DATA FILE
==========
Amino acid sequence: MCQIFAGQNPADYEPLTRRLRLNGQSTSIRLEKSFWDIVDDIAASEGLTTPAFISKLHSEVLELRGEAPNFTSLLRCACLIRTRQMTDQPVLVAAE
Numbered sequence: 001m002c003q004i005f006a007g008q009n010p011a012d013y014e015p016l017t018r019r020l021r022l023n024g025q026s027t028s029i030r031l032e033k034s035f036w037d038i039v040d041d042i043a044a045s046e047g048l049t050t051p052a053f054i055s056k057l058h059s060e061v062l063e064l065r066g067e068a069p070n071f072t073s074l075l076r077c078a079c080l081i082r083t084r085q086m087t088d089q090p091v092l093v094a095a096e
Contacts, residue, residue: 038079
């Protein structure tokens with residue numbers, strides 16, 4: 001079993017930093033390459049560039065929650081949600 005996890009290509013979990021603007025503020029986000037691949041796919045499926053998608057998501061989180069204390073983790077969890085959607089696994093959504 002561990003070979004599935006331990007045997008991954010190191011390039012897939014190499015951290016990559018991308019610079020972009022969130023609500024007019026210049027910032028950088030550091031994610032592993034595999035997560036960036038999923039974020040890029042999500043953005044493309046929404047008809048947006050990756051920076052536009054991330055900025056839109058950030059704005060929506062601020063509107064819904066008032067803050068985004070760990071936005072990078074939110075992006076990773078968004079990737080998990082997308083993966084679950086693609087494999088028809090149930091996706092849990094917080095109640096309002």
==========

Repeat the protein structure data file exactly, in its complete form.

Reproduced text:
Amino acid sequence: MCQIFAGQNPADYEPLTRRLRLNGQSTSIRLEKSFWDIVDDIAASEGLTTPAFISKLHSEVLELRGEAPNFTSLLRCACLIRTRQMTDQPVLVAAE
Numbered sequence: 001m002c003q004i005f006a007g008q009n010p011a012d013y014e015p016l017t018r019r020l021r022l023n024g025q026s027t028s029i030r031l032e033k034s035f036w037d038i039v040d041d042i043a044a045s046e047g048l049t050t051p052a053f054i055s056k057l058h059s060e061v062l063e064l065r066g067e068a069p070n071f072t073s074l075l076r077c078a079c080l081i082r083t084r085q086m087t088d089q090p091v092l093v094a095a096e
Contacts, residue, residue: 038079
């Protein structure tokens with residue numbers, strides 16, 4: 001079993017930093033390459049560039065929650081949600 005996890009290509013979990021603007025503020029986000037691949041796919045499926053998608057998501061989180069204390073983790077969890085959607089696994093959504 002561990003070979004599935006331990007045997008991954010190191011390039012897939014190499015951290016990559018991308019610079020972009022969130023609500024007019026210049027910032028950088030550091031994610032592993034595999035997560036960036038999923039974020040890029042999500043953005044493309046929404047008809048947006050990756051920076052536009054991330055900025056839109058950030059704005060929506062601020063509107064819904066008032067803050068985004070760990071936005072990078074939110075992006076990773078968004079990737080998990082997308083993966084679950086693609087494999088028809090149930091996706092849990094917080095109640096309002």